When Justin Worley broke the huddle, led his team to the line and scanned the defense, nothing seemed out of the ordinary. Then the 6-foot-4 junior from Rock Hill (South Carolina) Northwestern took the snap and dropped back into the pocket.
And everything was different.
There was no pressure. None. The opposition - at a loss to slow down Northwestern's passing attack - did not rush anyone. It dropped all 11 players into coverage.
"I had never seen anything like it," Northwestern offensive coordinator Kyle Richardson said. "A lot of times teams will try new things against us, but that one was unique."
Teams have been trying gimmick defenses all season against Worley. Mostly to no avail. The gunslinger has thrown for 3,457 yards, 32 touchdowns; he has completed 68 percent of his passes. He will seemingly have his pick of scholarship offers, as Florida, LSU, Stanford, Tennessee, North Carolina and Stanford have all offered before his senior season is in even sight.
On this play, he had his pick of receivers. And all the time in the world to decide.
"We work on a lot of different things in practice because we never know how people will try to stop us," he said.
This one stumped him.
"I had no idea what to do," Worley said.
He soon figured it out; amazingly he completed a pass on the play.
Rock Hill soon figured out this was no mistake.
"At first I thought it was a busted play but then they ran it again," Richardson said. "The second time I threw my hands up and laughed."
Richardson was entertained more by the reaction of his offensive lineman than the defensive scheme.
"They looked like a cat watching a ping-pong game," he said. "On film it was hilarious, all five kids heads turning left-right-left-right and no one to block."
As it turned out, it was just the latest failed effort to slow a seemingly unstoppable offense.
The school has won three consecutive South Carolina AAAA Region III titles and has not lost a game to a region member going a perfect 15-0.
"Some people who have never played us try to all-out blitz," Richardson said. "Towards the end of last year and all of this season people have thought that dropping eight, nine or more has been the way to stop us."
Neither approach has been very effective as the Trojans have averaged a shade under 40-points per game in region play this season.
"We really see a lot of junk defenses," Richardson said. "Teams will do things in our games that they won't do in any other game during the season.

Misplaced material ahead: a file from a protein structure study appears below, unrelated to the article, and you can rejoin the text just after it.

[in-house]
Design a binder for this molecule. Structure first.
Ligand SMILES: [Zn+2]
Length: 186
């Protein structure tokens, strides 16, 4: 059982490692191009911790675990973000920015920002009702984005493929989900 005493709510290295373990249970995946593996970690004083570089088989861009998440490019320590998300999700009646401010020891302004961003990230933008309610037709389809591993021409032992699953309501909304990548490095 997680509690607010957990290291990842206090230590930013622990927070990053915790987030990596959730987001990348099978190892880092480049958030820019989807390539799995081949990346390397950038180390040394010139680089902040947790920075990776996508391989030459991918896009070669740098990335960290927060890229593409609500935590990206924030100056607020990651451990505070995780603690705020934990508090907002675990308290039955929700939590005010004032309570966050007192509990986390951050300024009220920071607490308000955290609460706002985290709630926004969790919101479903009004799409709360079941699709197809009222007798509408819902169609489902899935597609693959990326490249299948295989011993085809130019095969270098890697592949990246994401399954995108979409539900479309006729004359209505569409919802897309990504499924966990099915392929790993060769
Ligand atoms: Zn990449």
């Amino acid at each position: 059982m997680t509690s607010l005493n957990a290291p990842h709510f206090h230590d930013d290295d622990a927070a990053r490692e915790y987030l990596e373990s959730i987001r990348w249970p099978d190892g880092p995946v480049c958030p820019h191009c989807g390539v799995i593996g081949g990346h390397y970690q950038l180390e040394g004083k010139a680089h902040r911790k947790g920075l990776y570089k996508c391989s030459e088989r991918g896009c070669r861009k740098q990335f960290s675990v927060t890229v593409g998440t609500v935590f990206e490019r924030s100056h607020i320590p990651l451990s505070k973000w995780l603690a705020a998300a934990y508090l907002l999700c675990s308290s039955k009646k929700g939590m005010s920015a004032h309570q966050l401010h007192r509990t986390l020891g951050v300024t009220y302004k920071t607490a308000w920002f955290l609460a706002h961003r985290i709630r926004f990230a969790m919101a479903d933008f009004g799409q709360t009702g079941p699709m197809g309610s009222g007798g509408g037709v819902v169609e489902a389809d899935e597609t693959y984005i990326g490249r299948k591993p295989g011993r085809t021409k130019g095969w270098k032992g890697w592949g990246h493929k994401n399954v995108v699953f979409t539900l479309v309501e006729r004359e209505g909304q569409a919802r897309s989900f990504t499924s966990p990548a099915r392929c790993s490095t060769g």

"We have to simulate as much as we can each week of practice."
Having his offense play against 14 defenders has helped prepare his team for some very unusual defenses.
"We will do our 7-on-7 drills except have the defense use 11," Richardson said. "After that team dropped 11 on us we will play with all 11 on offense and use 14 on defense. We tell the defense to run a set defense and have the other kids out there to cause confusion.
"We don't tell our quarterbacks who to throw to. They throw to grass, and our receivers get open."
That practice has made for a very confident quarterback.
"We don't go into games worrying about what the other teams normally do," Worley said. "A lot of that stuff changes against us. Our offense makes it easy to find the open receiver."
This season that open receiver has been 6-foot 170-pound Robert Joseph.
Joseph, who now has two state receiving records, has tallied a record 116 catches (and counting) for 1,500 yards and 13 touchdowns in 2009. His biggest game was a state-best 22 receptions earlier this season.
"(Robert) has worked very hard this season to prove a lot of people wrong," Richardson said. "A lot of people were saying that we would not be as successful without the playmakers we had last year out wide and he has shown to be just as good."
Richardson regularly admits that the offense may not be as explosive as in the 2008 season, but he said it is more efficient.
The Trojans averaged 20 first downs per game in region play and cruised to a 53-0 first-round playoff victory over Florence (South Carolina) South Florence.
Northwestern runs almost an exact replica of the Hal Mumme version of the spread offense, with very few nuances.
"We have to make some tweaks," Richardson said. "But I want teams to blitz us on every play."